A Rose of Galaxies? NASA Rings In Hubble’s 21st Birthday

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If space-based telescopes could tipple, they probably wouldn’t need to–not with images like the one above on tap. NASA’s celebrating the Hubble Space Telescope’s 21st birthday (hey, it’s legal!) with an image that almost resembles starry petals on some vast and distant heavenly rose.

You’re in fact staring at a shot of two galaxies in an interstellar tete-a-tete, in which one (dubbed UGC 1810) is being persuaded by another (dubbed UGC 1813) to “blossom.” The two galaxies exert gravitational forces on each other that warp their shapes, culminating in the rose-like appearance of UGC 1810. There’s even a slender “tidal bridge” of matter slung between both galaxies–separated by “tens of thousands” of light years–like an intergalactic zip line.

Call the whole thing “Arp 273,” because NASA does, and it’s located in the constellation Andromeda, about 300 million light-years distant from us.

As for the Hubble itself, my first memories when it launched back in April 1990 are probably the same as yours: it couldn’t “see” clearly due to a flawed mirror. The servicing mission that eventually fixed it didn’t occur until December 1993, incidentally the most complex mission ever undertaken at that point, and one in which astronauts were trained in the use of over 100 instruments to repair and fine tune things.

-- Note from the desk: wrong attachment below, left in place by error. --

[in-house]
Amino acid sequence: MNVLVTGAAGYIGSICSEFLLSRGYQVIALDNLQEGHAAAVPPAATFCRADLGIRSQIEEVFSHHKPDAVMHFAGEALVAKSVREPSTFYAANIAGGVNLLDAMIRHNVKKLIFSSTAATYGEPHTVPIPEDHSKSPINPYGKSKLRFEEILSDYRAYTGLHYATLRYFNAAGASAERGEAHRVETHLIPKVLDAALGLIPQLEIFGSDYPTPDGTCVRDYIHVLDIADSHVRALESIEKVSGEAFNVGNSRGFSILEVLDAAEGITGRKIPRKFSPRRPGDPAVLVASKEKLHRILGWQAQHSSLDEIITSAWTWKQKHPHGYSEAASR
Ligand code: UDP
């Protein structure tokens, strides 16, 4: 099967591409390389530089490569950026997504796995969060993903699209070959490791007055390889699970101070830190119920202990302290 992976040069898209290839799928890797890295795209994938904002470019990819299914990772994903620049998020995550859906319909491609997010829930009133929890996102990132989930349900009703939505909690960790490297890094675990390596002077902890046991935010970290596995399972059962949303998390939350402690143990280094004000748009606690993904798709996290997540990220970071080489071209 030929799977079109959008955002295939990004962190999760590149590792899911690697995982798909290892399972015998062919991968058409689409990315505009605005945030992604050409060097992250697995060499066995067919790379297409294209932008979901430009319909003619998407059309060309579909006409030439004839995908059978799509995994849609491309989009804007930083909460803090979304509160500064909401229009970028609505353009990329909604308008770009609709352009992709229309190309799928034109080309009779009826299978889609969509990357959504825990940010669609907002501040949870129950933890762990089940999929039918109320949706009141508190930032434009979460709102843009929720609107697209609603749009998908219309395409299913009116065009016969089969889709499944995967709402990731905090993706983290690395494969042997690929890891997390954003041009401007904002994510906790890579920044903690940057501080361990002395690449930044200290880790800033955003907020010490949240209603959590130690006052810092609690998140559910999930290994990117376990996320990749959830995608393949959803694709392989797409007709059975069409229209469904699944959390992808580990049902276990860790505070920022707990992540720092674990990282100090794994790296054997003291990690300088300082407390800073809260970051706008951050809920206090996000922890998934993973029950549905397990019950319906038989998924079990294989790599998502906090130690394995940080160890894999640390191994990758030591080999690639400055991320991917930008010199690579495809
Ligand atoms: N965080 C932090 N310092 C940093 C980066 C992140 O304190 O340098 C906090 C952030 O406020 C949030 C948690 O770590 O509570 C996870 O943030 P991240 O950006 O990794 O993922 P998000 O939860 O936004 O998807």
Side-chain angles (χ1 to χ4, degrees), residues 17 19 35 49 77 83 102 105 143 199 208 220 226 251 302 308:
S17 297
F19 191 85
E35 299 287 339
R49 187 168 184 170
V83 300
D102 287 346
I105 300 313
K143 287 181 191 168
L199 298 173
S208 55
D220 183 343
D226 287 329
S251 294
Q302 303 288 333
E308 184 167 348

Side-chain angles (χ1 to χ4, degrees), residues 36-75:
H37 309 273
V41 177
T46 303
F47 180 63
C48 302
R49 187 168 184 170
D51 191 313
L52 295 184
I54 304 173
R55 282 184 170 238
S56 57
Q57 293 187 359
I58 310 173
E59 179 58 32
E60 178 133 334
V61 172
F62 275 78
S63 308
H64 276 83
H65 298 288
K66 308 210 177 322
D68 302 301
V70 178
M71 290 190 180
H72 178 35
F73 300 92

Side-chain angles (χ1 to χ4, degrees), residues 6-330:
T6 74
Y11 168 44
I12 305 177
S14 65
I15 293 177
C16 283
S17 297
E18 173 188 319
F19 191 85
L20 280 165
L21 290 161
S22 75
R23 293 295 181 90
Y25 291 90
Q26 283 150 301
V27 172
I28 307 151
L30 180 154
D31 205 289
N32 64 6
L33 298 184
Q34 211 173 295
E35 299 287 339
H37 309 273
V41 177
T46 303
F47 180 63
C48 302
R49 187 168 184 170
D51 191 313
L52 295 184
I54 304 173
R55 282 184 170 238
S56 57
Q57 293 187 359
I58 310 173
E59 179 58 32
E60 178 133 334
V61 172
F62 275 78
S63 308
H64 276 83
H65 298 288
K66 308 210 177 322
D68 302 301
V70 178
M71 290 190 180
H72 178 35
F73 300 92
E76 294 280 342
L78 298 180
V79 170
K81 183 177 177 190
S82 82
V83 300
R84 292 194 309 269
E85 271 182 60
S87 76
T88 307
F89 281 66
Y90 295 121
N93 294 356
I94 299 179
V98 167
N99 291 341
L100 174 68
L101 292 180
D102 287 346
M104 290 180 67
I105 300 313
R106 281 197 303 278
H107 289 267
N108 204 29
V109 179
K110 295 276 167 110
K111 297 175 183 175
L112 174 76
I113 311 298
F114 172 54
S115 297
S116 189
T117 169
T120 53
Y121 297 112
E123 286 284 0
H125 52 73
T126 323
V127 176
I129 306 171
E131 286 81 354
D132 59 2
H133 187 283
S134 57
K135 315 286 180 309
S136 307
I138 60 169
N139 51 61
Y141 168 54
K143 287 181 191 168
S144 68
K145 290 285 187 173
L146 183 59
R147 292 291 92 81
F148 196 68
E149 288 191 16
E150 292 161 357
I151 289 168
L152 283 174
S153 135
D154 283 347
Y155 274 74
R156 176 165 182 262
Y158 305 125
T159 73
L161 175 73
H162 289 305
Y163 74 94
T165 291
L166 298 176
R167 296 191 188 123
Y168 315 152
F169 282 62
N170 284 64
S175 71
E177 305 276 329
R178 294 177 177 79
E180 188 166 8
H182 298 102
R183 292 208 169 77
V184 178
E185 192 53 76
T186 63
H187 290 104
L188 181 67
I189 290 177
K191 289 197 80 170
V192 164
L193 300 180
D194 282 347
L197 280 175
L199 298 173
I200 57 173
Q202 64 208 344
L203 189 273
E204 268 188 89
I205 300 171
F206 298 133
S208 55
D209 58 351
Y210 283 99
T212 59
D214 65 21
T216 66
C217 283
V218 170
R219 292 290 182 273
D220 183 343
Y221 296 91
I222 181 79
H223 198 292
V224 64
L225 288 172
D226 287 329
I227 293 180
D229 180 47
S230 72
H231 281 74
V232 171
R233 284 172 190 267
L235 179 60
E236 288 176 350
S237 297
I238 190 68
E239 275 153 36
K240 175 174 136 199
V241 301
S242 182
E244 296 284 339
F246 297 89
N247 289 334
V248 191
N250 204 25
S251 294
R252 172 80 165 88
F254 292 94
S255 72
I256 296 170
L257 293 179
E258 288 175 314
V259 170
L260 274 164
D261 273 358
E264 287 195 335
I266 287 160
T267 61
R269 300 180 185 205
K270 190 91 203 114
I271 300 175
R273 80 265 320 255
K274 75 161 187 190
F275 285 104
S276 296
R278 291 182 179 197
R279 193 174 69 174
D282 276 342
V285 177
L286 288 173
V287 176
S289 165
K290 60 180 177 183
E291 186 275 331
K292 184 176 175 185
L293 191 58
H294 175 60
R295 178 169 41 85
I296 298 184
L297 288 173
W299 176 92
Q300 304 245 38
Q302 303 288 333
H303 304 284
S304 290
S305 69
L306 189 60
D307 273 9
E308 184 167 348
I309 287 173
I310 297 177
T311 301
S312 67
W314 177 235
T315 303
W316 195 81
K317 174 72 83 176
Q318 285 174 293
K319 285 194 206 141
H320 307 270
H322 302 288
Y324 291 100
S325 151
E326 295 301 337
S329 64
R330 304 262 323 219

“Hubble is America’s gift to the world,” said Sen. Barbara Mikulski of Maryland in a NASA statement. “Its jaw-dropping images have rewritten the textbooks and inspired generations of schoolchildren to study math and science. It has been documenting the history of our universe for 21 years. Thanks to the daring of our brave astronauts, a successful servicing mission in 2009 gave Hubble new life. I look forward to Hubble’s amazing images and inspiring discoveries for years to come.”

That 2009 mission, carried out by the crew of Space Shuttle Atlantis, involved five spacewalks and two new pieces of equipment: a replacement Wide Field Camera and a “Cosmic Origins Spectrograph.” The updates and repairs make Hubble viable until at least 2014.

What’s after Hubble? Something called the James Webb Space Telescope, an infrared space observatory that looks like, well, see for yourself… It’s pretty cool-sounding, and its “ongoing mission” includes scanning for light from the very first stars, understanding galaxy formation and evolution, and studying the origins of life in terms of planetary systems. Look for it to launch as NASA sunsets the Hubble, sometime in 2014.

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